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Shelley Ensz

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Everything posted by Shelley Ensz

  1. Shelley Ensz

    Question About The Voices Books

    Thank you, Patty. Your book and cat toys are in the mail. ;)
  2. Shelley Ensz

    Question About The Voices Books

    Hi Patty, The Voices of Scleroderma book series are in about an 11 to 12 point, easy-to-read typeface, with excellent leading (space between lines, which also affects readability). Also, it is a large collection of short stories and medical articles by world experts, so it is not like a novel that is read from start to finish in one sitting. I think you would find it quite readable, but it is not in the very large print for those who are near-blind. If your vision is still in a correctable range, it may be time for new glasses. Also, magnifiers may help. I am an avid collector of magnifiers (I even have a whole drawer devoted to them) since they help me enjoy my hobbies and reading more, with less eye strain...and that's in addition to good trifocals. What I like about magnifiers is they are very cheap, and I can usually tell when I need to make an eye appointment by how many magnifiers I've bought in the preceeding months. I'm straying from the topic again <sigh>. You can purchase the wonderful Voices books straight from the ISN Secure Shops, if you'd like, for $25 including shipping. And Volume 3 is the best volume to get, if you can only get one.
  3. Shelley Ensz

    Hospital Stay For Anemia

    Nan, I'm very sorry to hear you were hospitalized for watermelon stomach. I really hope they get it under control for you. For those who may not know what Watermelon Stomach is, its medical name is G.A.V.E. for Gastric Antral Vascular Ecstasia. Watermelon Stomach does not make a large or bloated stomach (as many people assume upon first hearing of it.) Rather, it causes bleeding within the lining of the stomach, and the bleeding takes the odd look of watermelon stripes (when viewed by the surgeon, inside of the lining of the stomach.) The excessive internal bleeding from this causes anemia, which is discovered in blood tests, usually taken when someone is feeling exceptionally tired, but sometimes caught by accident during a routine check. The bleeding can be stopped with a laser surgery that cauterizes the bleeding. It often recurs in scleroderma patients, though, so it can become a chronic situation of needing blood transfusions and laser surgery. Watermelon stomach can occur by itself, without any other underlying disease process, or along with scleroderma. Our page on it is at: http://www.sclero.org/scleroderma/symptoms/gi/...on-stomach.html
  4. Shelley Ensz

    Recently Diagnosed With Crest

    Hello Kristi, Welcome to Sclero Forums. I'm very glad you found us, and we all look forward to getting to know you better.
  5. Shelley Ensz

    Erin Eton: ISN Support Specialist For Sclero Forums

    Welcome, Erin! We are truly delighted to have you join our wonderful Sclero Forums Support Specialist team.
  6. Welcome to the Sclero Forums Support Specialist team, Carrie! For those of you wondering who Carrie is, her screen name in Sclero Forums is "Jefa".
  7. Hi Sam, I'm very sorry to hear that. My thoughts are with you and all those who cared for her.
  8. Shelley Ensz

    Blood Clots

    Hi Craig, As you know, not everyone with blod clots has antiphospholipid. It sounds like it was wise for you to ask to be tested for it, though. I'd guess the second one was because of your medication level plus the inactivity together. It doesn't take very much inactivity to inspire a blood clot; I have heard of people getting them just by sitting in one position too long on an airline flight. Anyway, I'm glad you're here and look forward to hearing more from you!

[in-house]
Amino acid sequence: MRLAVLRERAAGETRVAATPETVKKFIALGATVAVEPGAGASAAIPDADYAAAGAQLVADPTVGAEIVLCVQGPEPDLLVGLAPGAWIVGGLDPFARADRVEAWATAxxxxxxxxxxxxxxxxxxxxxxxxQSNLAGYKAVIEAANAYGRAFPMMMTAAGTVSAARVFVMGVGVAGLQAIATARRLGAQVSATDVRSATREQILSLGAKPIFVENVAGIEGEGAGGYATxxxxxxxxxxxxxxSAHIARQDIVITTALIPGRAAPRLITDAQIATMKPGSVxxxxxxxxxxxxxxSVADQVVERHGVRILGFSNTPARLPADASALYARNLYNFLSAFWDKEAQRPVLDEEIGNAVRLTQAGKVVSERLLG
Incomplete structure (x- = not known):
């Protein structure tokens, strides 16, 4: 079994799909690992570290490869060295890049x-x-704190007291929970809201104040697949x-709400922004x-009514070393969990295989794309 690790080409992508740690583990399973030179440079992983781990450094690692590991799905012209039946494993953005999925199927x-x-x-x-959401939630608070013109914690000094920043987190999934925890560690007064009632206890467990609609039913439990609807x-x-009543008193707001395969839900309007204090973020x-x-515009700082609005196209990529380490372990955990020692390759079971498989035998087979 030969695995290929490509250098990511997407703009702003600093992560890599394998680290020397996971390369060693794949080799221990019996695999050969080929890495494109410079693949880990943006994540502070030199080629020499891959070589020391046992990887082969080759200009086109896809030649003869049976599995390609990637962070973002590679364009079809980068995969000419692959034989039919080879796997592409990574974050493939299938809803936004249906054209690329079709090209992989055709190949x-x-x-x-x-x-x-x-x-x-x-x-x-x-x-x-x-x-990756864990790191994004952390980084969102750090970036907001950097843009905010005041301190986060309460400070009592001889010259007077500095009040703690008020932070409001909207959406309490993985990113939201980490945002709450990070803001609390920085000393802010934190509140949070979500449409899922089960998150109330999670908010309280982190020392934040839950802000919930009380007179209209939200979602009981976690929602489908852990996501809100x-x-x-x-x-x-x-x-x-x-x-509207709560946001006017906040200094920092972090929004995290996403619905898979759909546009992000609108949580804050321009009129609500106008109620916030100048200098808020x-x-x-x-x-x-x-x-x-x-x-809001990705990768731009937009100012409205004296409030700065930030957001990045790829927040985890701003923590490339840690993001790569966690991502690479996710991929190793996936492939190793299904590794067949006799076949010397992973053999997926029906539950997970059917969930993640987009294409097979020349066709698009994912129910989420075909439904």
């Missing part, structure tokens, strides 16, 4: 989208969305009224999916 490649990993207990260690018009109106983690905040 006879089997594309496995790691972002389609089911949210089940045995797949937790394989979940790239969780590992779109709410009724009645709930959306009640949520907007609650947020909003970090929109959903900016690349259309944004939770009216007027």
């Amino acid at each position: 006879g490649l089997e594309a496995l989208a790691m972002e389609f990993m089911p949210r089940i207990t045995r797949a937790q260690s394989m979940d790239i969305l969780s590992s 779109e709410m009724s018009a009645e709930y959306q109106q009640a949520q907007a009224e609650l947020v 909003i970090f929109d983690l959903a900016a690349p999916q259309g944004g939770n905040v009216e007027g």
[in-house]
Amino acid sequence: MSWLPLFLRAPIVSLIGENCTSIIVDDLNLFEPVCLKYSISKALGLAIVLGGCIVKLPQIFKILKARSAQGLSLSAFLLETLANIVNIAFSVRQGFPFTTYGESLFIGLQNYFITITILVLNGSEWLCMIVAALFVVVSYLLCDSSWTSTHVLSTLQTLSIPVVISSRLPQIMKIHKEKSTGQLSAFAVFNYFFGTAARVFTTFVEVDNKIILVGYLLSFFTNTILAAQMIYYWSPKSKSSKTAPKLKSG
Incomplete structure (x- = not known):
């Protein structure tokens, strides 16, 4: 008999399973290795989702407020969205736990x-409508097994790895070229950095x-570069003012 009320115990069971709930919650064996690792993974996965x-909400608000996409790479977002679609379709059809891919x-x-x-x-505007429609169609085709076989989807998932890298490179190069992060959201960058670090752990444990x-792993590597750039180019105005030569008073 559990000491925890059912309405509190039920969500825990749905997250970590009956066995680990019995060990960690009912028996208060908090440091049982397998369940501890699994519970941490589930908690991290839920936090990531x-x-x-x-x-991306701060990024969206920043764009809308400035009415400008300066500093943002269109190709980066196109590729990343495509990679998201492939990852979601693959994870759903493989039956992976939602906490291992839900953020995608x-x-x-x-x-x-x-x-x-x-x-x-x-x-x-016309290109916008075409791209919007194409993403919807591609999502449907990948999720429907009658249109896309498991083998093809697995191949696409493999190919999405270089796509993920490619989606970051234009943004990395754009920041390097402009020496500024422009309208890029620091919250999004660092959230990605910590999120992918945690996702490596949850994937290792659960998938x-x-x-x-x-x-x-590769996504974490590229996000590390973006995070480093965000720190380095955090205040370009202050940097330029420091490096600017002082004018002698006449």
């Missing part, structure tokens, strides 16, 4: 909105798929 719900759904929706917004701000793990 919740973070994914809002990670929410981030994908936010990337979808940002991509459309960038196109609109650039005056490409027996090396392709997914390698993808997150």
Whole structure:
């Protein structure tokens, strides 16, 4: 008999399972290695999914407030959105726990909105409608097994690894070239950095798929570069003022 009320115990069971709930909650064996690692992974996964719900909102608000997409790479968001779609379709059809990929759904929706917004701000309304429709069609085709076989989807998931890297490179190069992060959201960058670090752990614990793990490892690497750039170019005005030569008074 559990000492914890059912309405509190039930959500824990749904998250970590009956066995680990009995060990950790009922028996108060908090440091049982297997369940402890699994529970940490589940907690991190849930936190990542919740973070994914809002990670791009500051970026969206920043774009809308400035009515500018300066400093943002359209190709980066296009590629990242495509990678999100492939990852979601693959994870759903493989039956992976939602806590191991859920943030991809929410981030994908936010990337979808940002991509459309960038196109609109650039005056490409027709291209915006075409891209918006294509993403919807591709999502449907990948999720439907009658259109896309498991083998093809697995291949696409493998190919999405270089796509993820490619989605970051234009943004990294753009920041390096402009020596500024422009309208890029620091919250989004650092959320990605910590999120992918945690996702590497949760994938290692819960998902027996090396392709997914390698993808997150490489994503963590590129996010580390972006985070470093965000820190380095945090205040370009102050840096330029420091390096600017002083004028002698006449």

9. Shelley Ensz

    Something To Think About...

    Hi William, I'm TB positive, too, and I was on Isoniazid for a year (decades ago). Its my understanding that Isoniazid is known to cause things like drug-induced lupus, but usually that clears up once the medication is stopped. You can do web searches on that. Most of us do grapple with trying to understand what may have caused our illness or illnesses. But it's difficult with scleroderma since there are so many potential causes, and most of us have had exposure to more than one possible cause. Some cases may be more clear-cut than others, such as someone with severe occupational exposure to a known cause of scleroderma, such as silica. To be properly overwhelmed by it all, see our Causes of Scleroderma section on our main website.
  10. Shelley Ensz

    Fecal Incontinence

    Hi Birdie, I'm sorry you have fecal incontinence. Unfortunately, it is a common symptom of systemic scleroderma. We have a section on it on our Bowel Involvement page, at http://www.sclero.org/scleroderma/symptoms/gi/...el-incontinence There have been very good results reported for sacral nerve stimulation, and I hope it does the trick for you!
  11. Shelley Ensz

    Informing People About Sd.

    Hi Mary, That is wonderful that you were able to be of such a help to your aunt her niece! It sounds like you really helped to get them on the right track with scleroderma. I hope she joins the forum, too. Or at least gets some more (and more current!) information to work with.
  12. Shelley Ensz

    I'm New

    Hi Milica, Welcome to Sclero Forums! We're delighted to have you join us, and look forward to hearing more from you.
  13. Shelley Ensz

    Anyone With Interstitial Cystitis

    Hi Bunky, I also have interstitial cystitis for over 30 years, underdiagnosed and misdiagnosed for the first few decades. But, I have Multiple Autoimmune Syndrome (MAS) and not "only" scleroderma. I tried many meds and diets that were of very little help. I've had bladder distention surgery with biopsy and fulgeration of widespread petechial hemorrhages and a Hunner's ulcer. That put me out of my misery for about a year. Then I began DMSO instillations, which have been terrific for me, although after my recent cystoscopy, they say I need to have another distention surgery since the widespread inflammation and shrinkage has set in again. We have a page on our main site about Interstitial Cystitis and its relation to other autoimmune diseases, too, along with a patient story collection that you may find interesting. Beware that many doctors and even rheumatologists may have no idea what Interstitial Cystitis is, and may think that it is simply "regular" cystitis...even otherwise very astute doctors may know very little of rare bladder diseases, which is often what prevents or delays diagnosis of this exceedingly painful inflammatory bladder disease for many years.